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Messages - Alia

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Literature / Re: Yearly Targets (2016) - Totals and Specifics
« on: August 28, 2016, 02:43:12 pm »
In the meantime I've finished reading a collection of short stories nominated for our biggest sf-f/fantasy awards (they were really good) and now I'm reading a collection of s-f retellings of popular legends, written by well-known Polish writers. It's OK, but as for retellings, I very much prefer the darker style of Angela Carter for example.

Author Q&A / Re: Whence the Inchoroi?
« on: August 28, 2016, 02:22:51 pm »
The Inchoroi seem to be exactly what they appear - a humanoid species who progressed technologically to the point where they could rewire their own neurology for maximum pleasure, at which point they turned themselves into a race of hedonist psychopaths.

Something like Bank's Culture gone horribly wrong? I like that idea very much.

Literature / Re: Yearly Targets (2016) - Totals and Specifics
« on: July 31, 2016, 06:04:31 pm »
Taking a short break from fantasy and s-f, today I read a short non-fiction book about wolves. On my computer, as an exception, as it had a lot of colour photos. I've always thought that wolves are fascinating animals and the book was a really interesting insight in their lives, hunting and feeding patterns, as well as history of their extermination in most of Europe.

Literature / Re: Yearly Targets (2016) - Totals and Specifics
« on: July 13, 2016, 07:03:08 pm »
Now that was fast. I finished the urban fantasy novel over the weekend. It was definitely helped by the fact that, firstly, the book is rather short, and secondly, I had a bit of a hangover on Sunday and I didn't feel like doing much apart from lying on the sofa with my kindle and reading. Which makes it 6 books so far this year.

Literature / Re: Yearly Targets (2016) - Totals and Specifics
« on: July 09, 2016, 04:34:54 pm »
While on holiday, I finished the military s-f novel I was reading (the "Afghanistan in space" one). I really enjoyed it, it was fast-paced, with likeable characters and some nice twists in the plot - and the fact that I know the author and heard some of her stories from her stay in Afghanistan only added to the fun factor.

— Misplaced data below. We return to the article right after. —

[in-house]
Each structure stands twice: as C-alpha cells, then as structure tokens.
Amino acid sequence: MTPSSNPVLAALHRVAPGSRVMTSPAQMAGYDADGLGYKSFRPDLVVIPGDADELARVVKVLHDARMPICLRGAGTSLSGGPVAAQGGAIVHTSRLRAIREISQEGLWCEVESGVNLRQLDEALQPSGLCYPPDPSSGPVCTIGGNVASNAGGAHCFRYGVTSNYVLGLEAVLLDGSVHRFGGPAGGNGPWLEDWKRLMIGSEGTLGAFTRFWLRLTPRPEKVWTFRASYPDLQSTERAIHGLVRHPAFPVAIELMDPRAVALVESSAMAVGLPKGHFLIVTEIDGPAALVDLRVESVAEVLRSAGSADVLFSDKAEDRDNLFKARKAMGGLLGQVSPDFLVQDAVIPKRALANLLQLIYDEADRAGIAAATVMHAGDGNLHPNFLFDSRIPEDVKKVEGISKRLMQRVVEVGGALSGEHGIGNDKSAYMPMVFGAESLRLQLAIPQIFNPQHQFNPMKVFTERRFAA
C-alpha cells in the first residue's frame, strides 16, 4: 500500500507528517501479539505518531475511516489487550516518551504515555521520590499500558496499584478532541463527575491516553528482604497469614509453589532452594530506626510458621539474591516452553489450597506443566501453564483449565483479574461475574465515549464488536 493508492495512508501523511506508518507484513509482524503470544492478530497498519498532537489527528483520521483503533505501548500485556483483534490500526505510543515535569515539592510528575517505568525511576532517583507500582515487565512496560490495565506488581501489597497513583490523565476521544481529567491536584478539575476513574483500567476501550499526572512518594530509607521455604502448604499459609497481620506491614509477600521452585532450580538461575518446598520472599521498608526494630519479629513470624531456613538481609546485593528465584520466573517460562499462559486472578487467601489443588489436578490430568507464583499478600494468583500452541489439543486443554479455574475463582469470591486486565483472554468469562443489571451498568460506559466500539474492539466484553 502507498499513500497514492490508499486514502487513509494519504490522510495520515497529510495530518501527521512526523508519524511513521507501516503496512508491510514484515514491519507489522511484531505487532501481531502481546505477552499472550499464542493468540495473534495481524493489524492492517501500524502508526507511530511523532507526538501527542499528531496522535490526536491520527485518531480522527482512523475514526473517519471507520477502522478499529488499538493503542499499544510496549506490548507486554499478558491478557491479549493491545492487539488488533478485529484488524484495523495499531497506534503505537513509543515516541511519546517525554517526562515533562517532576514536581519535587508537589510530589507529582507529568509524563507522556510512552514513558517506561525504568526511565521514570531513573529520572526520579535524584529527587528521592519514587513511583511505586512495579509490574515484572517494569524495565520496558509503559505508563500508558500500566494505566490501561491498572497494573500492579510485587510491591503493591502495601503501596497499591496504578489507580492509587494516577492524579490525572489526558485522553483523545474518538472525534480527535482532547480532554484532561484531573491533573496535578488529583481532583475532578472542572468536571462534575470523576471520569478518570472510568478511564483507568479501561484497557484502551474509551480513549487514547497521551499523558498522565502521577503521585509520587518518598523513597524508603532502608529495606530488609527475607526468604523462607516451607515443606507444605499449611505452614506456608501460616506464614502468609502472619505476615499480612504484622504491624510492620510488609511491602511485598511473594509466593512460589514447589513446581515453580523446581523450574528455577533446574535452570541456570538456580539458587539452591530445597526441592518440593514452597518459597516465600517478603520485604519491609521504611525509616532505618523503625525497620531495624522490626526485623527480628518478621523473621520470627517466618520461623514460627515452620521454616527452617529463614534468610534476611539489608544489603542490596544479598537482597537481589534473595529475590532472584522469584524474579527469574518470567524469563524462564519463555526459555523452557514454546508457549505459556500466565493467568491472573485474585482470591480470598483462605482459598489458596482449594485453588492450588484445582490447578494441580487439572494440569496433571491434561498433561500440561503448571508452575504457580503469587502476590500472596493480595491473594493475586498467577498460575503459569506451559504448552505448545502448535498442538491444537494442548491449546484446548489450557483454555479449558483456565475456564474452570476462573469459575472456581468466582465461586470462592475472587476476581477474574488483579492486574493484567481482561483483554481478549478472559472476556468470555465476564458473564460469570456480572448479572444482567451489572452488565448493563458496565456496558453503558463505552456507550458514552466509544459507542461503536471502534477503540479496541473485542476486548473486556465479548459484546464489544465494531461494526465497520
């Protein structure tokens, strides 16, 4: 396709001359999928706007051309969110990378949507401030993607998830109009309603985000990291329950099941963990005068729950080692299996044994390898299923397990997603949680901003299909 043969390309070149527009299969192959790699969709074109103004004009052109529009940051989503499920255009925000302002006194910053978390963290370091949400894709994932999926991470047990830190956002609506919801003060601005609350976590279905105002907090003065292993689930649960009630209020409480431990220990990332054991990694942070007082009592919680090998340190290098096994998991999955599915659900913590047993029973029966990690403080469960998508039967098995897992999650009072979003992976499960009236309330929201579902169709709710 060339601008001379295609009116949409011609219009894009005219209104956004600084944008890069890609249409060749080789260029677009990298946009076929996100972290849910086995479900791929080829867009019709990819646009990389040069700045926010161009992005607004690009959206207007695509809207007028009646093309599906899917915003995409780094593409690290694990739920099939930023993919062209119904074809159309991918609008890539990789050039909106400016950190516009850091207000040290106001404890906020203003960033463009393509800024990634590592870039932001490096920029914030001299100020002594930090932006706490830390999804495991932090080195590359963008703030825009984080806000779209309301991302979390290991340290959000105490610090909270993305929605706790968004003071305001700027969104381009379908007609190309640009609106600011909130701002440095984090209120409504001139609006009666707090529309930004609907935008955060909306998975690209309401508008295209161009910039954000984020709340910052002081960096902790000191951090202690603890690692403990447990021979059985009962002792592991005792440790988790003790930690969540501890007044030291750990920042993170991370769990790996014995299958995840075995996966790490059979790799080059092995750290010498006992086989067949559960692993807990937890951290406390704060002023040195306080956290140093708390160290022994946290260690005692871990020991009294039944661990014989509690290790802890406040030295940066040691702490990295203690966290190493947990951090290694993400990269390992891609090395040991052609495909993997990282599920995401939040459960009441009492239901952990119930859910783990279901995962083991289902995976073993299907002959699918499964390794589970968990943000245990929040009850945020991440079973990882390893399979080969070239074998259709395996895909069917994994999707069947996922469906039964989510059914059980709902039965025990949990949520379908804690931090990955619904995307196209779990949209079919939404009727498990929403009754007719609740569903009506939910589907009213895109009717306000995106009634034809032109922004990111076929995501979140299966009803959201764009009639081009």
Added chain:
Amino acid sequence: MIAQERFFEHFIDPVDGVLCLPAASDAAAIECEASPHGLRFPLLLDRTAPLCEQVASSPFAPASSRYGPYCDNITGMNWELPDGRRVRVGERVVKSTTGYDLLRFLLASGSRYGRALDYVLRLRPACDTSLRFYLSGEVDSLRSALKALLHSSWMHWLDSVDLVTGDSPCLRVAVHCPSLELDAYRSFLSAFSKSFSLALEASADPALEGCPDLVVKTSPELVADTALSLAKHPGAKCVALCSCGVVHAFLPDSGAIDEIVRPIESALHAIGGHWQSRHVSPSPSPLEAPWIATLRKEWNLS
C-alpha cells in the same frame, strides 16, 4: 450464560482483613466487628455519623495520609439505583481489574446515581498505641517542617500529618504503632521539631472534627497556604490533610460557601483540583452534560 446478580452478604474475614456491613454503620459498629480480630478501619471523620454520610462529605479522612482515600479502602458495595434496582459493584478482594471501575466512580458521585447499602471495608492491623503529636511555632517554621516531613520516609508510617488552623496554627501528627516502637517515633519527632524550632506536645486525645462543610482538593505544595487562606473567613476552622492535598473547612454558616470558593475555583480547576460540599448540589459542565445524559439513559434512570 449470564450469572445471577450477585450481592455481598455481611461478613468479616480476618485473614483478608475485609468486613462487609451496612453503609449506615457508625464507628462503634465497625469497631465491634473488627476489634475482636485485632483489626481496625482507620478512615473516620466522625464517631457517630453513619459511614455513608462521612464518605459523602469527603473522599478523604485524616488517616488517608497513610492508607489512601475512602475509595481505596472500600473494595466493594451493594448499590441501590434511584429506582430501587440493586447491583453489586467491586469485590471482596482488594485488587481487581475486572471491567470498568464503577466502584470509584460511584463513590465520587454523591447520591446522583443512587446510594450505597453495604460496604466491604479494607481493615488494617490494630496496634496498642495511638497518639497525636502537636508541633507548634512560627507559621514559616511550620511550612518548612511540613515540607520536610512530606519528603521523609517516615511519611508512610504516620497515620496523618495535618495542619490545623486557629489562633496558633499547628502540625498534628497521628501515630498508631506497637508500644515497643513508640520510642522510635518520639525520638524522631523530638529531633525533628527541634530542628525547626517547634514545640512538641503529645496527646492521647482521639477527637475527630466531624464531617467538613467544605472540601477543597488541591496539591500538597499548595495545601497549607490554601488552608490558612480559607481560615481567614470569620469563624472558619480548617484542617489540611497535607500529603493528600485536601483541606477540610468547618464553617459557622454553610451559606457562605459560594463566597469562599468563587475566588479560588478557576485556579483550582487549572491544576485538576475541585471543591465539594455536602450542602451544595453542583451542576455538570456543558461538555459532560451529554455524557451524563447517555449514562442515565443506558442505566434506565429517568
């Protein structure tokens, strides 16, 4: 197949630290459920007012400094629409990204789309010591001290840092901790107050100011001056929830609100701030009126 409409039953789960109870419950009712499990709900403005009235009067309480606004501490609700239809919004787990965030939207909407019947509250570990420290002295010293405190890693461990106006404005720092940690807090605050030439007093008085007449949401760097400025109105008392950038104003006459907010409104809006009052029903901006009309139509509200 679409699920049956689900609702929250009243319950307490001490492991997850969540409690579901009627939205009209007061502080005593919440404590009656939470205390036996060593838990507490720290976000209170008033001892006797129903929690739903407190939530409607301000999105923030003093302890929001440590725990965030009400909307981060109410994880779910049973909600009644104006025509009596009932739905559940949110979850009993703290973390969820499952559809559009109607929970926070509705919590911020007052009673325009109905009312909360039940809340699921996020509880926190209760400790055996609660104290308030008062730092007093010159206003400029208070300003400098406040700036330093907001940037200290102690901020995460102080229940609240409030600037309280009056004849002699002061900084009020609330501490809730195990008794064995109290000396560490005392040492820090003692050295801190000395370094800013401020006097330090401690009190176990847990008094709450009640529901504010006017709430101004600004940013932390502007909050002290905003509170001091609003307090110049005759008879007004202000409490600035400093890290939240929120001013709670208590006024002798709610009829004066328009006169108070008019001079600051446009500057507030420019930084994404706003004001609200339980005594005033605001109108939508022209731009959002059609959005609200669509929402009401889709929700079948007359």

Now I'm reading an urban fantasy by another friend of mine, so far I'm enjoying it.

Neuropath / Re: Neuropath Kindle version (
« on: June 19, 2016, 10:49:25 am »
This isn't an issue limited to the Kindle edition. I have the Tor mass market edition, first printing, ISBN 978-0-7653-6157-8, and all the chapter-opening italicized sections are missing. I only learned from reading this thread that they're also missing from the USA Kindle edition, and was surprised. I could imagine a plausible motive for removing content from a physical version if it reduced printing costs, but why would it be removed from a digital edition? Censorship?

As they say, never assume malicious intent if something can be due to plain stupidity. I guess someone just messed up their job - sent incomplete manuscript which then got printed. I remember a situation in which a publisher printed a book missing one chapter, which nobody noticed during the editing, proofreading and DTP stages. When readers started to complain, they put the missing chapter on the publisher's page for download.

Literature / Re: Yearly Targets (2016) - Totals and Specifics
« on: June 18, 2016, 06:18:54 pm »
I'm at 4 completed books now, as in addition to Harari and Brunner I've read two Polish novels (among them one by my high-school friend).
At the moment I am reading Polish military s-f written by an army doctor who spent some time in Afghanistan (and it shows). The book is very entertaining, has several likeable characters (bonus points for the fact that they are on different sides) but it's quite long and I'm halfway through.

General Misc. / Re: What are you watching?
« on: June 13, 2016, 05:43:01 am »
I often thought it was a well done show but then wondered how it would fare under academic scrutiny.

As series go, this one is pretty OK from a historian's point of view. They do not make any glaring factual errors - I suppose sometimes someone in the costume department would just get carried away.